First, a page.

Monday, March 23, 2009

The Europe Syndrome and the Challenge to American Exceptionalism

Monday, March 16, 2009

The advent of the Obama administration brings this question before the nation: Do we want the United States to be like Europe? President Obama and his leading intellectual heroes are the American equivalent of Europe’s social democrats. There’s nothing sinister about that. They share an intellectually respectable view that Europe’s regulatory and social welfare systems are more progressive than America’s and advocate reforms that would make the American system more like the European system.

Not only are social democrats intellectually respectable, the European model has worked in many ways. I am delighted when I get a chance to go to Stockholm or Amsterdam, not to mention Rome or Paris. When I get there, the people don’t seem to be groaning under the yoke of an evil system. Quite the contrary. There’s a lot to like—a lot to love—about day-to-day life in Europe.

But the European model can’t continue to work much longer. Europe’s catastrophically low birth rates and soaring immigration from cultures with alien values will see to that.

So let me rephrase the question. If we could avoid Europe’s demographic problems, do we want the United States to be like Europe?

I argue for the answer “no,” but not for economic reasons. The European model has indeed created sclerotic economies and it would be a bad idea to imitate them. But I want to focus on another problem.

My argument is drawn from Federalist Paper No. 62, probably written by James Madison: “A good government implies two things: first, fidelity to the object of government, which is the happiness of the people; secondly, a knowledge of the means by which that object can be best attained.” Note the word: happiness. Not prosperity. Not security. Not equality. Happiness, which the Founders used in its Aristotelian sense of lasting and justified satisfaction with life as a whole.

I have two points to make. First, I will argue that the European model is fundamentally flawed because, despite its material successes, it is not suited to the way that human beings flourish—it does not conduce to Aristotelian happiness. Second, I will argue that 21st-century science will prove me right.


First, the problem with the European model, namely: It drains too much of the life from life. And that statement applies as much to the lives of janitors—even more to the lives of janitors—as it does to the lives of CEOs.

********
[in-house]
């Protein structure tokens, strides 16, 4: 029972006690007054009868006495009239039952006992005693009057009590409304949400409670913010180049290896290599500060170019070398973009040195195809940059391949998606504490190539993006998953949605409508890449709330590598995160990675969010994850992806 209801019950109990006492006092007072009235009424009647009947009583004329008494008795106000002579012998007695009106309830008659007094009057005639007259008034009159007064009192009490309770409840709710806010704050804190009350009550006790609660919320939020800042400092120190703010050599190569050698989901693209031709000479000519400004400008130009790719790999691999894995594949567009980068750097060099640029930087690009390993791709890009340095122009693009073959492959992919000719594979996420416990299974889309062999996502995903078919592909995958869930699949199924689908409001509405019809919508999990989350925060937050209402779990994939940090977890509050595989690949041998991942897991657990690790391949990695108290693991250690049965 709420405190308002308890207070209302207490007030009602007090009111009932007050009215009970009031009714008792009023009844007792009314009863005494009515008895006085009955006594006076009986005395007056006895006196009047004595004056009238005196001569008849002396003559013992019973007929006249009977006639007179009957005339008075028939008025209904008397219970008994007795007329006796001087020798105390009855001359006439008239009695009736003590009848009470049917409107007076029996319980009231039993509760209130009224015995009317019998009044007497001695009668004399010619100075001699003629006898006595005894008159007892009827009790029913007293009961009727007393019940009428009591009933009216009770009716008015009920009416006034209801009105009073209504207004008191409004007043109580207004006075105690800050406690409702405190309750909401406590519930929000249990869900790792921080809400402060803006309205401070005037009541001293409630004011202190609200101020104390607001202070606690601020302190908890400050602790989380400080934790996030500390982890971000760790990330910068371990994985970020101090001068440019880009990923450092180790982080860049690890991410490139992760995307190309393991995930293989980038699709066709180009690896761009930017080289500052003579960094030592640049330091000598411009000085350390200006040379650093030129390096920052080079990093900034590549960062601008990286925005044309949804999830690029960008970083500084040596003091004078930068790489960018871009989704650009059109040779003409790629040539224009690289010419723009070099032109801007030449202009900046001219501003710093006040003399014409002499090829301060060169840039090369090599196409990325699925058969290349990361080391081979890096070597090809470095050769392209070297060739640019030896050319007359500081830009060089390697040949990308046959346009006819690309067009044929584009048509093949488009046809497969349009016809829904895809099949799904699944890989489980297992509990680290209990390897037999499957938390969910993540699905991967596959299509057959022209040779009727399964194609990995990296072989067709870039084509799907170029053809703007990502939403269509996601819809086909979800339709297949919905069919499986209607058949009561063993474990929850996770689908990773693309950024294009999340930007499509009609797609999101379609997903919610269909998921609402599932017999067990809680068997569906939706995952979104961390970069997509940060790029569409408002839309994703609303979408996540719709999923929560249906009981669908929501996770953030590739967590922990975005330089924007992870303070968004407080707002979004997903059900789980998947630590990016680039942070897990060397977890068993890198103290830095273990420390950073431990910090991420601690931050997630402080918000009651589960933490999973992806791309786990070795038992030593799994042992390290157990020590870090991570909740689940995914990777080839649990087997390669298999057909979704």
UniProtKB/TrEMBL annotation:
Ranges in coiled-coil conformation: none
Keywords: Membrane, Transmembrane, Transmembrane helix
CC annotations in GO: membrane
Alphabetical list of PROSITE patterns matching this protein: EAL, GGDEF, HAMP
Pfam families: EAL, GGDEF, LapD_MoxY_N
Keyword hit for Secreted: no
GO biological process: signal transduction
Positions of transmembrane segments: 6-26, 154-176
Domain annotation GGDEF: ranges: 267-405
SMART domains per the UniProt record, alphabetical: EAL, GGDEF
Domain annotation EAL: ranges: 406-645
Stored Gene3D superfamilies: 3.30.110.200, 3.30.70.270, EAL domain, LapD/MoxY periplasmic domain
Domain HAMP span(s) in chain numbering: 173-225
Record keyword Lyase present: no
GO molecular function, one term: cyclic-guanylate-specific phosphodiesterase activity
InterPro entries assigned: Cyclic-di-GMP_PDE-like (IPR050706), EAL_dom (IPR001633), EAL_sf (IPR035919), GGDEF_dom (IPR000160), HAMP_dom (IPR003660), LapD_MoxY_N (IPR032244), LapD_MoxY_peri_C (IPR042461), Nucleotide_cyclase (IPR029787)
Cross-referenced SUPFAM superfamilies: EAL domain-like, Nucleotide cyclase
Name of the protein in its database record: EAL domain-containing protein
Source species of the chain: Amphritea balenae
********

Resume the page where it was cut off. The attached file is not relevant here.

I start from this premise: A human life can have transcendent meaning, with transcendence defined either by one of the world’s great religions or one of the world’s great secular philosophies. If transcendence is too big a word, let me put it another way: I suspect that almost all of you agree that the phrase “a life well-lived” has meaning. That’s the phrase I’ll use from now on.

And since happiness is a word that gets thrown around too casually, the phrase I’ll use from now on is “deep satisfactions.” I’m talking about the kinds of things that we look back upon when we reach old age and let us decide that we can be proud of who we have been and what we have done. Or not.

To become a source of deep satisfaction, a human activity has to meet some stringent requirements. It has to have been important (we don’t get deep satisfaction from trivial things). You have to have put a lot of effort into it (hence the cliché “nothing worth having comes easily”). And you have to have been responsible for the consequences.

There aren’t many activities in life that can satisfy those three requirements. Having been a good parent? That qualifies. A good marriage? That qualifies. Having been a good neighbor and good friend to those whose lives intersected with yours? That qualifies. And having been really good at something—good at something that drew the most from your abilities? That qualifies. Let me put it formally: If we ask what are the institutions through which human beings achieve deep satisfactions in life, the answer is that there are just four: family, community, vocation, and faith. Two clarifications: “Community” can embrace people who are scattered geographically. “Vocation” can include avocations or causes.

It is not necessary for any individual to make use of all four institutions, nor do I array them in a hierarchy. I merely assert that these four are all there are. The stuff of life—the elemental events surrounding birth, death, raising children, fulfilling one’s personal potential, dealing with adversity, intimate relationships—coping with life as it exists around us in all its richness—occurs within those four institutions.

Seen in this light, the goal of social policy is to ensure that those institutions are robust and vital. And that’s what’s wrong with the European model. It doesn’t do that. It enfeebles every single one of them.

Put aside all the sophisticated ways of conceptualizing governmental functions and think of it in this simplistic way: Almost anything that government does in social policy can be characterized as taking some of the trouble out of things. Sometimes, taking the trouble out of things is a good idea. Having an effective police force takes some of the trouble out of walking home safely at night, and I’m glad it does.

The problem is this: Every time the government takes some of the trouble out of performing the functions of family, community, vocation, and faith, it also strips those institutions of some of their vitality—it drains some of the life from them. It’s inevitable. Families are not vital because the day-to-day tasks of raising children and being a good spouse are so much fun, but because the family has responsibility for doing important things that won’t get done unless the family does them. Communities are not vital because it’s so much fun to respond to our neighbors’ needs, but because the community has the responsibility for doing important things that won’t get done unless the community does them. Once that imperative has been met—family and community really do have the action—then an elaborate web of social norms, expectations, rewards, and punishments evolves over time that supports families and communities in performing their functions. When the government says it will take some of the trouble out of doing the things that families and communities evolved to do, it inevitably takes some of the action away from families and communities, and the web frays, and eventually disintegrates.